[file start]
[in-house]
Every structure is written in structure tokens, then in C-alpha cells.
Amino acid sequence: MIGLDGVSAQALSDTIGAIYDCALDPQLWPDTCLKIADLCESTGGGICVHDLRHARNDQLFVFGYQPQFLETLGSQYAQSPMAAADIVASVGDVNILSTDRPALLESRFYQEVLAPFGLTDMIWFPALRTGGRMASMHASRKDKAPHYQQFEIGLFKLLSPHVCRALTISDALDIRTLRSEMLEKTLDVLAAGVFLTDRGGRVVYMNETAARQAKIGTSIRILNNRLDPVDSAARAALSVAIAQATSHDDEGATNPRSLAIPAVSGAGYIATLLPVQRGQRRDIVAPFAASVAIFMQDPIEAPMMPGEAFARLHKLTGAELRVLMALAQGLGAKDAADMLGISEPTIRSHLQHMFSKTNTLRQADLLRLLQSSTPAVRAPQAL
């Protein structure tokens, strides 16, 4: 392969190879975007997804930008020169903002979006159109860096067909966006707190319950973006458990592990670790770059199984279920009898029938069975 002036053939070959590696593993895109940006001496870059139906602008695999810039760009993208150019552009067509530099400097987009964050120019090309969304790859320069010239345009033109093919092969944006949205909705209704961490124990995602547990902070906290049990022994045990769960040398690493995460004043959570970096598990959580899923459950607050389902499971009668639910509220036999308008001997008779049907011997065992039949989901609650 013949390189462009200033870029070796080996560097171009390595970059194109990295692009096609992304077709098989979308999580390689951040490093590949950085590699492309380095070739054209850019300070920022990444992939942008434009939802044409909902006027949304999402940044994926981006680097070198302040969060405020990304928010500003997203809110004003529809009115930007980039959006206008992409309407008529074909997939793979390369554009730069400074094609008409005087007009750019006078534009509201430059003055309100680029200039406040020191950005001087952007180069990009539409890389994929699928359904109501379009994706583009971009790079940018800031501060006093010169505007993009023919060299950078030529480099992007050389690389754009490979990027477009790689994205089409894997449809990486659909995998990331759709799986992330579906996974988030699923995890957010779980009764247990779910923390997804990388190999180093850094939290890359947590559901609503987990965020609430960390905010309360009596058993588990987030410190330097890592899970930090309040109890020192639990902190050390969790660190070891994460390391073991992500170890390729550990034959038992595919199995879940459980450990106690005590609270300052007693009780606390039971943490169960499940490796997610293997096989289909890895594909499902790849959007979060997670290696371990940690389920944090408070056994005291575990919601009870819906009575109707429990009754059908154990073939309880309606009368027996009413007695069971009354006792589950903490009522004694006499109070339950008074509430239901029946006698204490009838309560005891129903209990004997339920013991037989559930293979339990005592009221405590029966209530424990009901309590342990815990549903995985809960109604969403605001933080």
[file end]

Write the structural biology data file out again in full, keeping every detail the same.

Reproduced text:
[in-house]
Every structure is written in structure tokens, then in C-alpha cells.
Amino acid sequence: MIGLDGVSAQALSDTIGAIYDCALDPQLWPDTCLKIADLCESTGGGICVHDLRHARNDQLFVFGYQPQFLETLGSQYAQSPMAAADIVASVGDVNILSTDRPALLESRFYQEVLAPFGLTDMIWFPALRTGGRMASMHASRKDKAPHYQQFEIGLFKLLSPHVCRALTISDALDIRTLRSEMLEKTLDVLAAGVFLTDRGGRVVYMNETAARQAKIGTSIRILNNRLDPVDSAARAALSVAIAQATSHDDEGATNPRSLAIPAVSGAGYIATLLPVQRGQRRDIVAPFAASVAIFMQDPIEAPMMPGEAFARLHKLTGAELRVLMALAQGLGAKDAADMLGISEPTIRSHLQHMFSKTNTLRQADLLRLLQSSTPAVRAPQAL
């Protein structure tokens, strides 16, 4: 392969190879975007997804930008020169903002979006159109860096067909966006707190319950973006458990592990670790770059199984279920009898029938069975 002036053939070959590696593993895109940006001496870059139906602008695999810039760009993208150019552009067509530099400097987009964050120019090309969304790859320069010239345009033109093919092969944006949205909705209704961490124990995602547990902070906290049990022994045990769960040398690493995460004043959570970096598990959580899923459950607050389902499971009668639910509220036999308008001997008779049907011997065992039949989901609650 013949390189462009200033870029070796080996560097171009390595970059194109990295692009096609992304077709098989979308999580390689951040490093590949950085590699492309380095070739054209850019300070920022990444992939942008434009939802044409909902006027949304999402940044994926981006680097070198302040969060405020990304928010500003997203809110004003529809009115930007980039959006206008992409309407008529074909997939793979390369554009730069400074094609008409005087007009750019006078534009509201430059003055309100680029200039406040020191950005001087952007180069990009539409890389994929699928359904109501379009994706583009971009790079940018800031501060006093010169505007993009023919060299950078030529480099992007050389690389754009490979990027477009790689994205089409894997449809990486659909995998990331759709799986992330579906996974988030699923995890957010779980009764247990779910923390997804990388190999180093850094939290890359947590559901609503987990965020609430960390905010309360009596058993588990987030410190330097890592899970930090309040109890020192639990902190050390969790660190070891994460390391073991992500170890390729550990034959038992595919199995879940459980450990106690005590609270300052007693009780606390039971943490169960499940490796997610293997096989289909890895594909499902790849959007979060997670290696371990940690389920944090408070056994005291575990919601009870819906009575109707429990009754059908154990073939309880309606009368027996009413007695069971009354006792589950903490009522004694006499109070339950008074509430239901029946006698204490009838309560005891129903209990004997339920013991037989559930293979339990005592009221405590029966209530424990009901309590342990815990549903995985809960109604969403605001933080």